Special Reports

A project aims to unify neighborhoods while remembering slain child Robert Manwill

The murder in July of 8-year-old Robert Manwill inspired an unprecedented community outcry and volunteer effort. When Robert was first reported missing, thousands of people pinned green ribbons to their shirts in support and joined the search for the boy.

People who run local programs for children decided to seize that momentum and started meeting and talking about ways to make the Treasure Valley safer for kids.

Now, the group, which includes representatives from the Idaho Children's Trust Fund, Court Appointed Special Advocate Program and others, has an official name, Our Kids: Our Business, and its first grassroots project.

Say Hello on Halloween is a step toward making sure adults and kids in neighborhoods know one another, and are better equipped to notice if something seems amiss in a family, said Roger Sherman from the Idaho Children's Trust Fund.

The new group is asking people across the Valley to be a little more social than usual on Halloween night - to introduce themselves to the families who come to their doors to trick-or-treat, and to the people who answer the door when they take their own children around the neighborhood.

The group is also suggesting that neighbors take advantage of Halloween socializing to exchange contact information in case of emergency.

Our Kids: Our Business has created a downloadable Halloween sign to display.

Sherman said groups like United Way and the YMCA have agreed to promote the effort. He's hoping neighborhood associations will adopt it, too.

Kim Bentley, a member of the Vista Neighborhood Association, lives only a mile from the apartment where Robert Manwill was staying when he disappeared. The association will post the "Say Hello on Halloween" information on its Web site, she said.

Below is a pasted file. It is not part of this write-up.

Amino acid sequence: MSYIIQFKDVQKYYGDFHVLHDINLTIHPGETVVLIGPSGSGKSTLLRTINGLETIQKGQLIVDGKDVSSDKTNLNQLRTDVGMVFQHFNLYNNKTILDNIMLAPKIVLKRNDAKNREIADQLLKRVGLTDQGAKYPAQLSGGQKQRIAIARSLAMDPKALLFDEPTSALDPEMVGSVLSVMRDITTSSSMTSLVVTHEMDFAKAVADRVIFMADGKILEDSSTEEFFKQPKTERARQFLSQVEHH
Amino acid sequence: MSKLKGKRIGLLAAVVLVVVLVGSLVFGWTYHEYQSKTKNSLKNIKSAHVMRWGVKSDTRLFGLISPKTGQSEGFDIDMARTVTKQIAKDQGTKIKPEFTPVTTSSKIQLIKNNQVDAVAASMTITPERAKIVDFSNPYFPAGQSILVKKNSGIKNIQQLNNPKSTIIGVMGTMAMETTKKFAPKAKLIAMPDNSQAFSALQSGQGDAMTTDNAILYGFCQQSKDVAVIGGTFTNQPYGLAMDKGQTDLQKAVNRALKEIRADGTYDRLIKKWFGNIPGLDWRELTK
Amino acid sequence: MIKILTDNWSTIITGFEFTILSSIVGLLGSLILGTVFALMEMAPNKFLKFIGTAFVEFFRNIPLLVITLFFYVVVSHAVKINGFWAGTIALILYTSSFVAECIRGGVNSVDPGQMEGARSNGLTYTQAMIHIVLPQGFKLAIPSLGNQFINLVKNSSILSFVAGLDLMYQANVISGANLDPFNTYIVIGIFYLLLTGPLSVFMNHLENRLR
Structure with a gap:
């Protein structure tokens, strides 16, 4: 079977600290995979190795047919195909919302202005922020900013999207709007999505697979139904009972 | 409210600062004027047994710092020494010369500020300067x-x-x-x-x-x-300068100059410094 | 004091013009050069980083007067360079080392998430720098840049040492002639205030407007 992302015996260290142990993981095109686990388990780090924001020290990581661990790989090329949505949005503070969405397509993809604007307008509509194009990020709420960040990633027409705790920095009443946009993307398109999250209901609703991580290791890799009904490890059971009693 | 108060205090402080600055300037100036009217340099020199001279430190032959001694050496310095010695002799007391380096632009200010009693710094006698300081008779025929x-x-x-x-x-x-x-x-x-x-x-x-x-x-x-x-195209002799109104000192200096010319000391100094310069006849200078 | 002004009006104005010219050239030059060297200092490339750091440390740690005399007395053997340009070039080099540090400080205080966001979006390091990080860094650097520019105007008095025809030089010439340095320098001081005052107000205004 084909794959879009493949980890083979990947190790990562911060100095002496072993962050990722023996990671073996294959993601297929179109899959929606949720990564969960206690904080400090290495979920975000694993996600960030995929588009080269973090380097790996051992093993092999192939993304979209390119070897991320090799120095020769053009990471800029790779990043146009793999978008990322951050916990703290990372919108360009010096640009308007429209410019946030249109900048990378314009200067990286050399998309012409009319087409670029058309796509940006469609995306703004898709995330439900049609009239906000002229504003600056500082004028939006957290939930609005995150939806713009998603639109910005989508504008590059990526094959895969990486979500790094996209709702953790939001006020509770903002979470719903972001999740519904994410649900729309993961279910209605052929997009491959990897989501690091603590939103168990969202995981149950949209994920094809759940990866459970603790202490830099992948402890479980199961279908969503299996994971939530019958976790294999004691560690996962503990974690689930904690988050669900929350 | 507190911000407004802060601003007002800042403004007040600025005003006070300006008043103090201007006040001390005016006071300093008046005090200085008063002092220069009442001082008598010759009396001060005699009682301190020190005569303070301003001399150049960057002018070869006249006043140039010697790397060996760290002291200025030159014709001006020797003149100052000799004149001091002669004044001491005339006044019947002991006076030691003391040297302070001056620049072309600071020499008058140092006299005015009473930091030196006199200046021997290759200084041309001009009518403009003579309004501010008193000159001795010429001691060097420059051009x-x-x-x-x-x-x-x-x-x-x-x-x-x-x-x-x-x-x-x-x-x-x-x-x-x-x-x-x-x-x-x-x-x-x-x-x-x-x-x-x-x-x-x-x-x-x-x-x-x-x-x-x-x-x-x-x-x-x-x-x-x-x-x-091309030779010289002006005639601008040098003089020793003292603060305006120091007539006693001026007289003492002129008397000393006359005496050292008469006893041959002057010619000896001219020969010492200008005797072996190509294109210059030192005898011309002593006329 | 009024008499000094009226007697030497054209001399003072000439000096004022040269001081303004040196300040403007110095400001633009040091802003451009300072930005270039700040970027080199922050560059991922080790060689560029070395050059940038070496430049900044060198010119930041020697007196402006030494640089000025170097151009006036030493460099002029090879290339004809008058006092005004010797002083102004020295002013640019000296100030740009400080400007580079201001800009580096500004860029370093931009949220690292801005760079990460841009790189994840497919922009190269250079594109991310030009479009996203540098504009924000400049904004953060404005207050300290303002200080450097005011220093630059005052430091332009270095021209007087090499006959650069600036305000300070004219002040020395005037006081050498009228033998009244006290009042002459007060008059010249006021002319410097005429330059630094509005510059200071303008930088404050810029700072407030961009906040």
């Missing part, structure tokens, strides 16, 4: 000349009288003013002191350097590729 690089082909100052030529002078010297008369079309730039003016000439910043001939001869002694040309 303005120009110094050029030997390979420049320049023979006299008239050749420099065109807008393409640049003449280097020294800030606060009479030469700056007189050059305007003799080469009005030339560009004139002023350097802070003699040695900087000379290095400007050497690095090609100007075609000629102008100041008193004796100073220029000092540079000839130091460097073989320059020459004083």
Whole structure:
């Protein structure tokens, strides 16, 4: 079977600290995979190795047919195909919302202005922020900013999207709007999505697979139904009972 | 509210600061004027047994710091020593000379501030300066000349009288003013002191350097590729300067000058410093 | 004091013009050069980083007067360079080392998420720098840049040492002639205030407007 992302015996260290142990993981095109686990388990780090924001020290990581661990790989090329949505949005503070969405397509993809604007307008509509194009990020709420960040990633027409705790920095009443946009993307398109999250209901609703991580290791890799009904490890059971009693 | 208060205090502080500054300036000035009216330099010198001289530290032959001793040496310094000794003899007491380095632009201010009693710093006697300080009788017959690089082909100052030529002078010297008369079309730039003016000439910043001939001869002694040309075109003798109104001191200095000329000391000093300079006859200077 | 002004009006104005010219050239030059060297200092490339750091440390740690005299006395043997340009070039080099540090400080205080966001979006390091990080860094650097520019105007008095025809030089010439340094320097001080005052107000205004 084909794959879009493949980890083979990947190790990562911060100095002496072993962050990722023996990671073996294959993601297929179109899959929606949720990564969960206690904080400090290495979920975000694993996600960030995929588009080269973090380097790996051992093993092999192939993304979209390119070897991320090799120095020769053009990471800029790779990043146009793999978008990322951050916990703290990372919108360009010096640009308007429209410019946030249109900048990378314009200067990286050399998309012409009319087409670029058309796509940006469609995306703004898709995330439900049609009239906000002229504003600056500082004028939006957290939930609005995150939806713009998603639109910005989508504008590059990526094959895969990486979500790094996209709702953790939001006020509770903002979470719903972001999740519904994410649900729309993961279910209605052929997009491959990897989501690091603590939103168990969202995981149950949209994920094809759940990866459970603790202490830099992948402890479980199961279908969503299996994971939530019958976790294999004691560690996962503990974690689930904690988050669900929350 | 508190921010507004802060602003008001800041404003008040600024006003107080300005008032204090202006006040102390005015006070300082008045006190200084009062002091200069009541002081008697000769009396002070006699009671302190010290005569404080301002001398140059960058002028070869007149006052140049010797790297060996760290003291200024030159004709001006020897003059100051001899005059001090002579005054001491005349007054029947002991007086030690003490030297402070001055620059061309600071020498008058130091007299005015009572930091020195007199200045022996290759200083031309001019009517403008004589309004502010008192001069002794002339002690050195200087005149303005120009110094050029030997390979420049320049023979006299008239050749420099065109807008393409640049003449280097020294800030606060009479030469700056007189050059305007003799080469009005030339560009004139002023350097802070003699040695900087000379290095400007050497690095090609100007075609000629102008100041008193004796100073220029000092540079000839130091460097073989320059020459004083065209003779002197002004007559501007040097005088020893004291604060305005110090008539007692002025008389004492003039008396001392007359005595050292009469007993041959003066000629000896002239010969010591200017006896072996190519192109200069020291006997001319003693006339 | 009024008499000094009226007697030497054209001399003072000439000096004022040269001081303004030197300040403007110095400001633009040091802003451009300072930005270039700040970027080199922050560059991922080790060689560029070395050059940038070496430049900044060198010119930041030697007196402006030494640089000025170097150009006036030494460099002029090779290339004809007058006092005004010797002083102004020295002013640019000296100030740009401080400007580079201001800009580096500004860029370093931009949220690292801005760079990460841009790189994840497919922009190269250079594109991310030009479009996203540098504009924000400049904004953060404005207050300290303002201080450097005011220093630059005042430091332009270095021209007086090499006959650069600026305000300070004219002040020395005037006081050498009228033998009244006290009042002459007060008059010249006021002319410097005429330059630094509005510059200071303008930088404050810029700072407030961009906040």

She's already noticed a change in her neighbors since Manwill's death. People are less shy about knocking on the doors of new renters to tell them the "rules of the neighborhood," she said.

"People are more aware of what's going on. They're keeping an eye out," Bentley added.

She works at a fabric store and saw people stream in to buy green ribbons to wear in support of Manwill after he disappeared. Volunteers helped law enforcement and rescue workers in a week-long search, including one day in which 2,300 volunteers from the Valley and beyond showed up to tromp over ditch banks and look under bushes city-wide for any trace of the boy.

"A lot of goodness came out of a very bad situation," she said.

Our Kids: Our Business, featured in a Statesman article in August - before the group adopted its name and first project - has been meeting regularly ever since.

Robert disappeared on July 24, and his body was found Aug. 3. Manwill's mother and her boyfriend now face trial on charges of murdering Robert.

Anna Webb: 377-6431